Point being, the advance math are not regularly used in most projects designed by architects and building designers. THERE ARE EXCEPTIONS.

It is that typically, the architect or building designer are concerned with a lot of factors of the overall design and coordination of the different engineering systems, along with the structural system, means of egress, form & function, as well as the experiential aspect of the design. Some designs are more utilitarian than others.

Usually, the heavy lifting of mathematics is done by our engineering consultants which they themselves are likely running it through their little software programs that does more of the matematic steps for them. Although, they would have more heavier math requirements for their education so they would be able to check and verify that the math is true. You can practically set everything up in excel spreadsheet to compute most engineering equations.

"The math that mostly used the most is math." - Richard Balkins*

*not an architect

*not educated in architecture

*not at all equipped to give advice on the subject

Sure, I didn't go to art school where you went. If I recall correctly, architect is anglicized version of the Greek word arkhitekton which means master builder or chief builder. A man who can hammer a nail in a stud is more an arkhitekton then some loud mouth keyboard jockey from an ivy league school. Right.... being a true arkhitekton is not for those too afraid of saw dust and actually having to sweat and dirt which you might have to get on the ground and crawl under some spider and web infested crawlspaces. Oh, yeah.... real work.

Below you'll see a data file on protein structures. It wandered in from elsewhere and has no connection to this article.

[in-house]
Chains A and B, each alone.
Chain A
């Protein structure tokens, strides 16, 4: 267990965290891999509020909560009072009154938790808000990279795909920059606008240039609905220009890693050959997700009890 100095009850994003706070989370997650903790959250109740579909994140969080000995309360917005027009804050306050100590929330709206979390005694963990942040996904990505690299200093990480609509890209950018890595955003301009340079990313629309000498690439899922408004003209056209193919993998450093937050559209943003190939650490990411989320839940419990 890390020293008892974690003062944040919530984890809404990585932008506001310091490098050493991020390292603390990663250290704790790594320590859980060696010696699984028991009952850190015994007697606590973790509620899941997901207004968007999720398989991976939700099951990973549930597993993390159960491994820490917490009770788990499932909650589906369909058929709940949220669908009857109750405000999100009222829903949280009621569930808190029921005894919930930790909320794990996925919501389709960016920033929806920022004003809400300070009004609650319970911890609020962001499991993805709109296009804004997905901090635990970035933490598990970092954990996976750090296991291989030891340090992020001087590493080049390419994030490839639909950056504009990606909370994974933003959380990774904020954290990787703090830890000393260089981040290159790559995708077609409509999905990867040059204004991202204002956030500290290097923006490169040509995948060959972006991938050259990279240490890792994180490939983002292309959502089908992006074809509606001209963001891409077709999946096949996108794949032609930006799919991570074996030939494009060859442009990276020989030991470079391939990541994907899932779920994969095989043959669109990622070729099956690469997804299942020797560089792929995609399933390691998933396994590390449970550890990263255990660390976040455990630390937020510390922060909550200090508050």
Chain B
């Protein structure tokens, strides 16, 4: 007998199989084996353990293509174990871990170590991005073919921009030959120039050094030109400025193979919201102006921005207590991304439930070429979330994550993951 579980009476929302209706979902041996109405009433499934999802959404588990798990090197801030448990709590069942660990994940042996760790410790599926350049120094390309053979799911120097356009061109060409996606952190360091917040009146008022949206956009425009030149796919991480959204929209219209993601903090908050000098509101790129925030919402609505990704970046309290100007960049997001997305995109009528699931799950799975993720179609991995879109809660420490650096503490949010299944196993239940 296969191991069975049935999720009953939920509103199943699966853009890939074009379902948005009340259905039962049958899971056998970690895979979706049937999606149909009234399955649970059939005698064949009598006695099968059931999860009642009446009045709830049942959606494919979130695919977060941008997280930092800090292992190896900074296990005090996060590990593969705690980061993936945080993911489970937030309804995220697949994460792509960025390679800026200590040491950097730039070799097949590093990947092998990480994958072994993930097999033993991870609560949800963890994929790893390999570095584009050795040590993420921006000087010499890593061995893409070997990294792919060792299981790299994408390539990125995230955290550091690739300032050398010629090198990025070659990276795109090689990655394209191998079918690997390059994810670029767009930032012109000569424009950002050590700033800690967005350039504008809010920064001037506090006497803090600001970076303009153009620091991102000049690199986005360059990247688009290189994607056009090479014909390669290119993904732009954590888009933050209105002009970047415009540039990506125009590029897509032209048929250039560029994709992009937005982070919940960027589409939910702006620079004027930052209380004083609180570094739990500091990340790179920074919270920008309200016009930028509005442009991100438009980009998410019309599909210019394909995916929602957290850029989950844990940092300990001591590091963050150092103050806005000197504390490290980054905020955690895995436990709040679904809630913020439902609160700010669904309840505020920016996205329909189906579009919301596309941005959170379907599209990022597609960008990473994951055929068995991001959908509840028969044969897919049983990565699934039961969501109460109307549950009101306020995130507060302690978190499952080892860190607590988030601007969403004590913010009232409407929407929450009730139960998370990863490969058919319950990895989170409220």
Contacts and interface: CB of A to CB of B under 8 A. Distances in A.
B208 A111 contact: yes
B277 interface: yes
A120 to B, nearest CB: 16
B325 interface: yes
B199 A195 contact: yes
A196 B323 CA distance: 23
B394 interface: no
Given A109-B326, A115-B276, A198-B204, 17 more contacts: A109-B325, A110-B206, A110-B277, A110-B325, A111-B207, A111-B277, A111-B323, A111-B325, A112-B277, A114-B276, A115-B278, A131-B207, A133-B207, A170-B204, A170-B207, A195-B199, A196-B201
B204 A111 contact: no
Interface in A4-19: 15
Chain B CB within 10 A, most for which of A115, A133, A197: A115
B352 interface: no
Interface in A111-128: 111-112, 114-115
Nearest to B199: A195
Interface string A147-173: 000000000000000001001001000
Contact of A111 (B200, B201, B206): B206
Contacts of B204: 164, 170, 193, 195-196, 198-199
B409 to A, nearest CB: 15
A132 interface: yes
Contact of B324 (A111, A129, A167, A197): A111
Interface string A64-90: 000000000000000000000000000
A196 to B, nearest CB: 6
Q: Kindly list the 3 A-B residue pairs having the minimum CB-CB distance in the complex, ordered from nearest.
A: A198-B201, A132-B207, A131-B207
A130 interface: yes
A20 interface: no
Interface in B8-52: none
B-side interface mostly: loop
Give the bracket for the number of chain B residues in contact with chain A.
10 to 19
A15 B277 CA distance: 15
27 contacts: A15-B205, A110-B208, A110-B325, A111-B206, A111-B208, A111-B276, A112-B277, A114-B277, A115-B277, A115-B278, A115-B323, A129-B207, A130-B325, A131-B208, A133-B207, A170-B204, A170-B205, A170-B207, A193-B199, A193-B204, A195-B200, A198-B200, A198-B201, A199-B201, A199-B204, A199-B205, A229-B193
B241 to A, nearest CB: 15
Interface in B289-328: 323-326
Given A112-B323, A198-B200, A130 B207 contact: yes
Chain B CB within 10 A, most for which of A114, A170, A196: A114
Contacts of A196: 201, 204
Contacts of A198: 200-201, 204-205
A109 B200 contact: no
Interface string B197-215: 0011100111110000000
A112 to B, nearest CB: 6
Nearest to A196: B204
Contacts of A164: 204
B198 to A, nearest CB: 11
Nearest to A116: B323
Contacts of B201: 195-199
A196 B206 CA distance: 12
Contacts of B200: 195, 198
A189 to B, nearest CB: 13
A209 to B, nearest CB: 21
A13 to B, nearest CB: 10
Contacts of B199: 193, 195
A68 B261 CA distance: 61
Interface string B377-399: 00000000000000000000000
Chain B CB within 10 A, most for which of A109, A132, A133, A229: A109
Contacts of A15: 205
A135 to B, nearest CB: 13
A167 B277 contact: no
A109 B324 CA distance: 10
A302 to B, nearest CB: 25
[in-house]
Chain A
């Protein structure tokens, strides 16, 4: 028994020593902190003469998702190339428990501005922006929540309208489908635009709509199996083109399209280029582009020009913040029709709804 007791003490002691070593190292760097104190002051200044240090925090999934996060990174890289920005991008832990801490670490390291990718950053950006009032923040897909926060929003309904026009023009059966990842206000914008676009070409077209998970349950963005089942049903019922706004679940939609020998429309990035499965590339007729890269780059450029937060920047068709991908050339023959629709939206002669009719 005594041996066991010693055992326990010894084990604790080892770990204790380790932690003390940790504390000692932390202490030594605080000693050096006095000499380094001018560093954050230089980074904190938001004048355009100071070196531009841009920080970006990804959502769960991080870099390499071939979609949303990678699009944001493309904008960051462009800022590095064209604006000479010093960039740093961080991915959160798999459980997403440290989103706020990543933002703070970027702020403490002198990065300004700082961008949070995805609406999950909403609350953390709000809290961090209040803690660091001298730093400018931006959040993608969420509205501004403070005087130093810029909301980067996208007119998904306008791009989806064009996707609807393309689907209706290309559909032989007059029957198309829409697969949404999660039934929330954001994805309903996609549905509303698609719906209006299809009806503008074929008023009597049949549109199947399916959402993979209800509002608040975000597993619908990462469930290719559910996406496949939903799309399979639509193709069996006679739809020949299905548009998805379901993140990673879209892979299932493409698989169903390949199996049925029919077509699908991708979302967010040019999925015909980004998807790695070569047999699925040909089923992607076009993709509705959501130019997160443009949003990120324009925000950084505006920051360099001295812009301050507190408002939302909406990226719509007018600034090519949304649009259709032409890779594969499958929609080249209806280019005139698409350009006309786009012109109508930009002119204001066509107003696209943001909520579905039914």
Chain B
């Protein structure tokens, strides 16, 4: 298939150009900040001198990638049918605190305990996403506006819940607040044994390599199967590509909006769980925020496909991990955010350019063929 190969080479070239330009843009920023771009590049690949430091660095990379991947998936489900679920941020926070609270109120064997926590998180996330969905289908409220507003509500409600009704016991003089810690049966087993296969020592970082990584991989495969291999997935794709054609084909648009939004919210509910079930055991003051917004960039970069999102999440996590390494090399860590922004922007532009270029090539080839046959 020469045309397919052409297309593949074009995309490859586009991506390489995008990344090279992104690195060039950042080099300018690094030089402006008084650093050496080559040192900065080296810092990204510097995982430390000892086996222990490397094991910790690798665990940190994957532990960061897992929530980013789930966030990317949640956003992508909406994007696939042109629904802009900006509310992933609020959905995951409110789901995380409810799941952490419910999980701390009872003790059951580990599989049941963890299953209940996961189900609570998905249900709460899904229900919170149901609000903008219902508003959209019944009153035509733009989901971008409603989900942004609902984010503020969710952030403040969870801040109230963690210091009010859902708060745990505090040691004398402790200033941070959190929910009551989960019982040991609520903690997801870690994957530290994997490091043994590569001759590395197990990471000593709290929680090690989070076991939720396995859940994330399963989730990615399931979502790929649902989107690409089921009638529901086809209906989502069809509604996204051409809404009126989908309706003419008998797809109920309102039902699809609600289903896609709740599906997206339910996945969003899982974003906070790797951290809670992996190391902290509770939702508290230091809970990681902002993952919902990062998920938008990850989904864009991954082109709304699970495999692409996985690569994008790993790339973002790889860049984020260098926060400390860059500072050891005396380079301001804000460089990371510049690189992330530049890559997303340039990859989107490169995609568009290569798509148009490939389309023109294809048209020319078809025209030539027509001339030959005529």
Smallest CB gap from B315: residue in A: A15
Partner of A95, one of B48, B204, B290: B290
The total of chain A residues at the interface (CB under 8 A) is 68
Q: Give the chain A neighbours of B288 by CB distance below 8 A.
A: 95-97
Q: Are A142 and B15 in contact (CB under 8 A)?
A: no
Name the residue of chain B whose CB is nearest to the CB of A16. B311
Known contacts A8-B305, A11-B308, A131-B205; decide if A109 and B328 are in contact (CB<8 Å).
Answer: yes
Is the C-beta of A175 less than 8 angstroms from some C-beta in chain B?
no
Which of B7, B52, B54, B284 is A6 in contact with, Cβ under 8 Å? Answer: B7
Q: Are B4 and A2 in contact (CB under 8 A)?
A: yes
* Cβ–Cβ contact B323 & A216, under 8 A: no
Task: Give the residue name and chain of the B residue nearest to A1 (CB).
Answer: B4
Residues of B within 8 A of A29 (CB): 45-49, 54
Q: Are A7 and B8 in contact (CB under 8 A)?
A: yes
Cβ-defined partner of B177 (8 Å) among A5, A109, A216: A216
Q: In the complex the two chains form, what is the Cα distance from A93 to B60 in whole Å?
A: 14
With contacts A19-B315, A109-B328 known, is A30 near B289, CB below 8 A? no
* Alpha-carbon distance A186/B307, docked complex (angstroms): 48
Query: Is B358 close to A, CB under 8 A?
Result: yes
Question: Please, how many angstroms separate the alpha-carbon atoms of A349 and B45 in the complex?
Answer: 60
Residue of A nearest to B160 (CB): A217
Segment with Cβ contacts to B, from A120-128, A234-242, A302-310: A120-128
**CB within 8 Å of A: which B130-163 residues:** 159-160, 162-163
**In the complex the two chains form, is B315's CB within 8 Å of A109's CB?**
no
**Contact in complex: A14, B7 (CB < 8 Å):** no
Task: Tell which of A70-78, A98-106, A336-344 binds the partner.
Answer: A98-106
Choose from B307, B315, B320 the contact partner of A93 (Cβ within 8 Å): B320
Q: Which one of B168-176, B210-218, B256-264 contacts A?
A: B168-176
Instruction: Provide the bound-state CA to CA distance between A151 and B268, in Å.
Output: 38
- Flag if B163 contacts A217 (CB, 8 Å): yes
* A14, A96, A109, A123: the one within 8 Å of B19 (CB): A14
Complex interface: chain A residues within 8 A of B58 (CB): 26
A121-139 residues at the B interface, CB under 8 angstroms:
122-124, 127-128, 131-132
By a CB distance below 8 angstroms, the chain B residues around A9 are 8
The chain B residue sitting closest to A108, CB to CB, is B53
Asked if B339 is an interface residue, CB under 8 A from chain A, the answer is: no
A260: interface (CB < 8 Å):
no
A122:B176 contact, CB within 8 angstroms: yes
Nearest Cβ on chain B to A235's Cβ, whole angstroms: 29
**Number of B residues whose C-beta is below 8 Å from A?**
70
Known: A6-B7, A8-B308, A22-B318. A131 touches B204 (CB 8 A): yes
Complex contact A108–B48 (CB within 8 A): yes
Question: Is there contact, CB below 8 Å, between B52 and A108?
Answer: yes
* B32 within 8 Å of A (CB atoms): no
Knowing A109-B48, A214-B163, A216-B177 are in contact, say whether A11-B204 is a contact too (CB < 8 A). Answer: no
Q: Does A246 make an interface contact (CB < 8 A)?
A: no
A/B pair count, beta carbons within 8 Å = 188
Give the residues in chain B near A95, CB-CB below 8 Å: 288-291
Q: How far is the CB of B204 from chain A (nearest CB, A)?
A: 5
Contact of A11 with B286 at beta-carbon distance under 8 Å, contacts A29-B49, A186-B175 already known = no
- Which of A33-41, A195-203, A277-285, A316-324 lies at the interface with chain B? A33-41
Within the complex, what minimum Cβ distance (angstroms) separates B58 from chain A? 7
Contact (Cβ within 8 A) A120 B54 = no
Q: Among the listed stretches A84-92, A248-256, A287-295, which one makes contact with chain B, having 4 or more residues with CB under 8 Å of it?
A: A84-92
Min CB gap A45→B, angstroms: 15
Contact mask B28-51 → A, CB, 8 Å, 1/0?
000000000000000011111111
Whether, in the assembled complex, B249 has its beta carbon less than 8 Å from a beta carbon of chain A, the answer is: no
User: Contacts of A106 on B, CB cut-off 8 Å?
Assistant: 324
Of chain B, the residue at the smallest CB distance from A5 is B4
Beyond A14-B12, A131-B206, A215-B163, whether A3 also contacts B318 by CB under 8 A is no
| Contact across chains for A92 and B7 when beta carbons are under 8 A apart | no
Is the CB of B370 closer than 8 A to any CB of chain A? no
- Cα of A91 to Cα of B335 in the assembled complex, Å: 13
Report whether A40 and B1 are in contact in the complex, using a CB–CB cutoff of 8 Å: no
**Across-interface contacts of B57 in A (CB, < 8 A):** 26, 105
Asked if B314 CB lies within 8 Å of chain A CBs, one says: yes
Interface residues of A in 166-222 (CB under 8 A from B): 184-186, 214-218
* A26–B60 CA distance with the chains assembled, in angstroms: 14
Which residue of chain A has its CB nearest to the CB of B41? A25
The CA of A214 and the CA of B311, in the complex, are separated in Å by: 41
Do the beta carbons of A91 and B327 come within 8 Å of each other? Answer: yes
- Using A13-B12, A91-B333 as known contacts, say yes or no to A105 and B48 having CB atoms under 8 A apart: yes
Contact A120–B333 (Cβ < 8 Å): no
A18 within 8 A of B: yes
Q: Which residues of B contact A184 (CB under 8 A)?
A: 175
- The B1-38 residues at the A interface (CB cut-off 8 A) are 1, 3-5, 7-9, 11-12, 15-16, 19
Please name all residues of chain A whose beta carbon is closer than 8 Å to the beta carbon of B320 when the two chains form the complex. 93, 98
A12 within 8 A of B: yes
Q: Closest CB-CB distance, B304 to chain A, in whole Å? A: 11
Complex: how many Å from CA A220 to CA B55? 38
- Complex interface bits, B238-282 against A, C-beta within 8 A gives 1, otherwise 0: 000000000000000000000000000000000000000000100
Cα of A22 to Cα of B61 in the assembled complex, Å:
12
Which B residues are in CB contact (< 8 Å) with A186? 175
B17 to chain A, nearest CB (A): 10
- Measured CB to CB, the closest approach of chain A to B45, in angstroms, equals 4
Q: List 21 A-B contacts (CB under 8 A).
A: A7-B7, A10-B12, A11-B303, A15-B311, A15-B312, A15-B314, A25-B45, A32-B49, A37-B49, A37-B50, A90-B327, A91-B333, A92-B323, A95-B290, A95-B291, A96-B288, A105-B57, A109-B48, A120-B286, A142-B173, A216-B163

Anyway, razzing because the last I call, we kind of have to learn about architecture to build them, to draw them. Houses are architecture as well.

so just to be clear to the OP, now you’re disparagingly and ignorantly referring to architecture school “art school,” and an architect with close to 20 years of experience in practice and academia a “keyboard jockey” who doesn’t do “real work.” please, enlighten us about how your a) lack of a bachelor’s degree, b) zero experience, and c) thousands of comically long winded forum posts (from your parents’ house) describing your catatonic inability to get anything done makes you anything other than PRECISELY a “keyboard jockey” who doesn’t do “real work.”